It’s hard to argue that there’s a better virtual assistant for the iPhone when you’ve got Siri, because Apple can create an app that is completely integrated with iOS. That said, if you don’t have Siri there are plenty of great options that may even be better some day. Here’s a look at why Siri’s great and plenty of other excellent alternatives as well.
- Tell Siri what you want with voice commands, and it will respond to you with an answer or ask you for more information.
- Send text messages.
- Make calls.
- Look up information online.
- Ask Siri to make complex calculations with Wolfram Alpha.
- Set an alarm or reminder.
- Add an event to your calendar.
- Check the weather.
- Ask Siri for information about your contacts.
- Much more.
Siri primarily excels in two ways: it’s fully integrated with your iPhone so it can do almost anything and you don’t need to have the app open for its complete functionality. Both of these things are advantages that Apple has over the competition because it can integrate its apps much more closely with the operating system than any third party will ever be able to do. That said, Siri is also great because it can do more than most third-party apps can do anyway. It’s capable of looking up information, making complex calculations (via Wolfram Alpha), making calls and texts, adding appointments to your calendar and much more. It can even tell you a joke. Siri is so thorough that even if you combine every third-party app listed in the competition section below, they still wouldn’t have all the functionality Siri can provide. That said, Siri isn’t perfect (especially for non-US users) and some of the other apps definitely have their advantages. It pretty much comes down to this: If you have Siri, it’s most likely your best choice in virtual assistants. If you don’t, there are some really great alternatives.
Siri has several downsides. First, it only (currently) works on an iPhone 4S (although there’s a complicated workaround for jailbroken devices). Second, it doesn’t work hands-free (although there’s a jailbreak workaround for that, plus a non-jailbreak trick you can use to avoid pushing the home button).
Siri sometimes has some issues with accuracy. This should be expected with any voice recognition software, but it seems to misunderstand certain words more so than some of the competition listed below. That said, Siri’s level of accuracy is still very good, but if you’re having trouble getting it to understand you then you might want to see how another app fares.
One of Siri’s most-touted features is the ability to give directions and find nearby places of interest, but annoyingly this feature is US-only for now. When Apple will get around to fixing that is anyone’s guess.
Finally, although Siri is incredibly well-integrated into iOS, there is still more it could do — and jailbreak hacks make these things possible. For example, launching apps, changing settings and other custom commands aren’t available by default, but you can definitely add them if you’re jailbroken.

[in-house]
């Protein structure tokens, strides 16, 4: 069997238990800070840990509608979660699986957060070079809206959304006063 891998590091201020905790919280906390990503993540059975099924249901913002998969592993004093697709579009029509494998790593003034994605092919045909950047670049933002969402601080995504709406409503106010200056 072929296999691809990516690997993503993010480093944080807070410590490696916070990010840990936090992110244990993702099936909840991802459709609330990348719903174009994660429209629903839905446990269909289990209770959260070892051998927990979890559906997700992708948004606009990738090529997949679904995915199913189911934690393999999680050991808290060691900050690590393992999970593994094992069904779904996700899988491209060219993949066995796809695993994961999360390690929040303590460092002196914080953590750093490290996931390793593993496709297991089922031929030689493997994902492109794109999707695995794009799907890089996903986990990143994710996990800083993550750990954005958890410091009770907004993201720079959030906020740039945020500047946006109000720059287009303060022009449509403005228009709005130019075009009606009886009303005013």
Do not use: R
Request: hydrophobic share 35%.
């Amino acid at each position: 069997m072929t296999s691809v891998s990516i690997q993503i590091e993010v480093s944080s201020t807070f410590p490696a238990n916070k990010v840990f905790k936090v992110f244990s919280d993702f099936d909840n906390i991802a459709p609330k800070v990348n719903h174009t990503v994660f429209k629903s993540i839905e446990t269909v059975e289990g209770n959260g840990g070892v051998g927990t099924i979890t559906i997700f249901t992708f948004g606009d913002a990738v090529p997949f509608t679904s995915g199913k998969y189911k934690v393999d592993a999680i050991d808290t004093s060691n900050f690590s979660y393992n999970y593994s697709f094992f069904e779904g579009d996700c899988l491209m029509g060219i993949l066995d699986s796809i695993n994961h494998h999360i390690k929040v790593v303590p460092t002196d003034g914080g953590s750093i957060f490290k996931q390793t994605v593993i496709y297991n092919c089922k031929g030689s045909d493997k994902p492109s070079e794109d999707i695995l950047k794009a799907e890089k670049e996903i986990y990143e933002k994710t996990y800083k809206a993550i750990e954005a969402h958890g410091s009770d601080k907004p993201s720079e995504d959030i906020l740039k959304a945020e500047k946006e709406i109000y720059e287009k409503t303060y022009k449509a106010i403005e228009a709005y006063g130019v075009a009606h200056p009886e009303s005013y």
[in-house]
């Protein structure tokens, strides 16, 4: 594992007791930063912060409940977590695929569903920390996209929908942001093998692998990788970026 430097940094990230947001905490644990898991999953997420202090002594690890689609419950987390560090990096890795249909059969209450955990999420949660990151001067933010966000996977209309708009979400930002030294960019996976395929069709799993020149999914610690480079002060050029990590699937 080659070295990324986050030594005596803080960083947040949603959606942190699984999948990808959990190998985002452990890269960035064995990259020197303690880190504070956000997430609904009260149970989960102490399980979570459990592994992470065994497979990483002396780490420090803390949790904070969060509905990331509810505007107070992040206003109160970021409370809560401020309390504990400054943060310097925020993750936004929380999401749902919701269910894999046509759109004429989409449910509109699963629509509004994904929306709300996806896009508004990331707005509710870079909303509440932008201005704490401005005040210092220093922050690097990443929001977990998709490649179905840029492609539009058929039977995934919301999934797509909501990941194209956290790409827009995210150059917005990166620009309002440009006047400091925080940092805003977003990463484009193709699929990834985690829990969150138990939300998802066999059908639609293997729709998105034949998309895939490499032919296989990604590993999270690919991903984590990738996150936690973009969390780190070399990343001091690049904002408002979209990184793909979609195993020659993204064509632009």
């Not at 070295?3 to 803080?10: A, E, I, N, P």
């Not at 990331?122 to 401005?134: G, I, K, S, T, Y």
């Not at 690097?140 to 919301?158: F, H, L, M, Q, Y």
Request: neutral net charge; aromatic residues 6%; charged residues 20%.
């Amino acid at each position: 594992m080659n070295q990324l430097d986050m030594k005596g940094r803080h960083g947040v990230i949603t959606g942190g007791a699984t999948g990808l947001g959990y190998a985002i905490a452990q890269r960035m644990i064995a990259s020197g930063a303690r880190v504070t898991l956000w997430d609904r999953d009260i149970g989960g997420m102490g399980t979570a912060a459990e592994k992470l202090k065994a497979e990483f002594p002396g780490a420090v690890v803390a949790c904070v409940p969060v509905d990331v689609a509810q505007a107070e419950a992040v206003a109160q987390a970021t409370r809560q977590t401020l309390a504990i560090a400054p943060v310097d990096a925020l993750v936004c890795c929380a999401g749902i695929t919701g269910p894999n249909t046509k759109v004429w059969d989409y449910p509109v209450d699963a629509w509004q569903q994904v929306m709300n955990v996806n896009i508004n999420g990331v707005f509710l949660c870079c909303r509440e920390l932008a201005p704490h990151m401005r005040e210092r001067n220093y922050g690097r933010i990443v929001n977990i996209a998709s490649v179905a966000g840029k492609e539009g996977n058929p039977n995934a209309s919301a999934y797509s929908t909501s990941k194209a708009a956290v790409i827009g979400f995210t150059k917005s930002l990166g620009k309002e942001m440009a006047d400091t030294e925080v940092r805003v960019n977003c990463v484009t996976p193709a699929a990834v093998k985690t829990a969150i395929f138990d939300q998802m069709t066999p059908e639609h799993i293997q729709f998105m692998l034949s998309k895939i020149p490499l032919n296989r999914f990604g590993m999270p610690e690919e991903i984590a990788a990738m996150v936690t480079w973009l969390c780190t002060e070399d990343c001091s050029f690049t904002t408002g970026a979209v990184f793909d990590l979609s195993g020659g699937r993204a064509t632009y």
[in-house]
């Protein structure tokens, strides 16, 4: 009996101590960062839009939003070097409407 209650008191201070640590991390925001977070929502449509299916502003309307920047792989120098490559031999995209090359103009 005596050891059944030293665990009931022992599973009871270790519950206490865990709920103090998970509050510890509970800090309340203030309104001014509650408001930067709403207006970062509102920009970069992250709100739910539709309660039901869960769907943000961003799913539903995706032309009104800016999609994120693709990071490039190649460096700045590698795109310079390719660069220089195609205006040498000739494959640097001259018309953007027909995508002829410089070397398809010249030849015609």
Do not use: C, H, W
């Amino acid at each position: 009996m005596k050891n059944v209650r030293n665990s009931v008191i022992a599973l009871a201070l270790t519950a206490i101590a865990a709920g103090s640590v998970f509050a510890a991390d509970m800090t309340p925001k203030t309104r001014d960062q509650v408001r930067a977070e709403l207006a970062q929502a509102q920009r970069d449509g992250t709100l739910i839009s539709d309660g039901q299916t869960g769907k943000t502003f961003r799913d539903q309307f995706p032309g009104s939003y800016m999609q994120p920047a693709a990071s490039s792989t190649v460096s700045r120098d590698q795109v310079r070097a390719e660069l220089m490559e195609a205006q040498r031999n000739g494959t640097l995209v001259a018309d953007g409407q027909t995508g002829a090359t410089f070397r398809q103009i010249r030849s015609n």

Evi ($0.99) can’t (yet) send emails or texts or do much in the way of controlling your phone, but it can look up just about any information you need online — and you can use your voice or search manually. For example, if you wanted to know what time it is in Beijing or when Thanksgiving is in 2016, Evi can find out for you. You can ask it just about anything. If it can’t find the answer, it’ll try to provide you with relevant information. For example, it wasn’t sure if it was a leap year this year so it pointed me to the leap year page on Wikipedia.
Vlingo (Free), in theory, is a perfect option. It can get directions, send emails, compose text messages, update Facebook and Twitter, search the web and make phone calls — all using the power of your voice. In my tests, however, it had a very hard time finding accurate results. This hasn’t been the case with other apps, so I have to assume the voice recognition just isn’t as good. That said, Vlingo is free and a lot of people use it, so there’s certainly no harm in trying to see if it works well for you. If it does, it’s pretty much the best deal on virtual assistants you’ll find in the iTunes App Store.
Voice Actions ($5.49) is an app you should probably avoid. Not only is it more expensive than your other options, but it seems to get confused by most commands. It’s supposed to be capable of finding all sorts of information, setting alarms, voice dialling contants, and much more, but even when it understood the names I gave it — both simple and complex — it wasn’t sure what to do with them. I’d say “call Whitson Gordon” and it would get the name right, but search for it rather than recognise I wanted to make a phone call. While Voice Actions can supposedly do quite a bit, I couldn’t get it to do all that much. Your mileage may vary, but considering it’s the most expensive option you’ve got it’s hard to recommend giving it a try when you’ve got a free app that does the same stuff and two cheaper paid apps that work very well.
Lifehacker’s App Directory is a growing directory of recommendations for the best applications and tools across multiple platforms.